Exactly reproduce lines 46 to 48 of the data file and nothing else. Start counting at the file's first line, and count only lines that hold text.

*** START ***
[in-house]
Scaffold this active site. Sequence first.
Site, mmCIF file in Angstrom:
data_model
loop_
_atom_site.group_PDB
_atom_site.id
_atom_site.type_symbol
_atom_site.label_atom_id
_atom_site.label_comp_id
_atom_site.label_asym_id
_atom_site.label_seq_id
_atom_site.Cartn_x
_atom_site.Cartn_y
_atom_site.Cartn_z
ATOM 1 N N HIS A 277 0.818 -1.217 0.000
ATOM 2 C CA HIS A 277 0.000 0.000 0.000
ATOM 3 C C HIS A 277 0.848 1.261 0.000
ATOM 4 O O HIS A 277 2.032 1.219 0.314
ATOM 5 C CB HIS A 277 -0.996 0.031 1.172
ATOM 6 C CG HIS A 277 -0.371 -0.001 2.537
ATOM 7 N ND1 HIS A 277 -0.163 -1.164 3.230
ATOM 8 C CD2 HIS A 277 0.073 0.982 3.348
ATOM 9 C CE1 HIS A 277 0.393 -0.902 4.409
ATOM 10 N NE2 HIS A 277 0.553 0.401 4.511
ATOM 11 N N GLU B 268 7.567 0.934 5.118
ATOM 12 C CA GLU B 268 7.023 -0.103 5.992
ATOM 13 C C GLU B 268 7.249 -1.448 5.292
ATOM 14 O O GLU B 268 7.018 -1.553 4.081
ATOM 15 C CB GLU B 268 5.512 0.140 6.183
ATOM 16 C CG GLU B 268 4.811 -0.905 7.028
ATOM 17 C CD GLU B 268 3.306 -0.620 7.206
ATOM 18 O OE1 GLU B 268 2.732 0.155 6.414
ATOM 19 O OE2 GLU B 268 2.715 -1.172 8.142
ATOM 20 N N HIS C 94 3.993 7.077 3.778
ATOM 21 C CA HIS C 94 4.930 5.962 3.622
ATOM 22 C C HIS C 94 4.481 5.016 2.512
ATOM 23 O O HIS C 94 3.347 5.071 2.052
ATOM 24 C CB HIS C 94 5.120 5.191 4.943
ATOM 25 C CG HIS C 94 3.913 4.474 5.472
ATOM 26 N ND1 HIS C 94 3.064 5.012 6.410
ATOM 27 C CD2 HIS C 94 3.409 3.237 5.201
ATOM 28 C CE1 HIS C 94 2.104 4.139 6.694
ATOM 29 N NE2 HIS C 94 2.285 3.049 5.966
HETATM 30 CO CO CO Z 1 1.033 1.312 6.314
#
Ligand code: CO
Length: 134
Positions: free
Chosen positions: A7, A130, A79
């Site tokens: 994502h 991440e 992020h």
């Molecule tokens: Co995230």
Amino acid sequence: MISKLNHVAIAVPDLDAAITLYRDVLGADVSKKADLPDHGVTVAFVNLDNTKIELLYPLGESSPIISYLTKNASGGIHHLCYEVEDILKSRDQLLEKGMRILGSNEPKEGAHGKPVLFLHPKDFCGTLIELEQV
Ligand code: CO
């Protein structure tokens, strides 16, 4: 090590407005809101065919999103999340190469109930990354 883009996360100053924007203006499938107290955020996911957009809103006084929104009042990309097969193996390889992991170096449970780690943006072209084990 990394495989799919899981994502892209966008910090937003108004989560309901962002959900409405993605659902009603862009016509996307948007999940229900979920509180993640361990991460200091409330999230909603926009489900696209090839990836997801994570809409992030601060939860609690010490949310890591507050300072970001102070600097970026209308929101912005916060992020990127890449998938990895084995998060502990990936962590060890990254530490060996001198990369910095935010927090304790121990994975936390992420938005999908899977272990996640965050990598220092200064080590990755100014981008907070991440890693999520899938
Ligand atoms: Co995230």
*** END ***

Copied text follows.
#
Ligand code: CO
Length: 134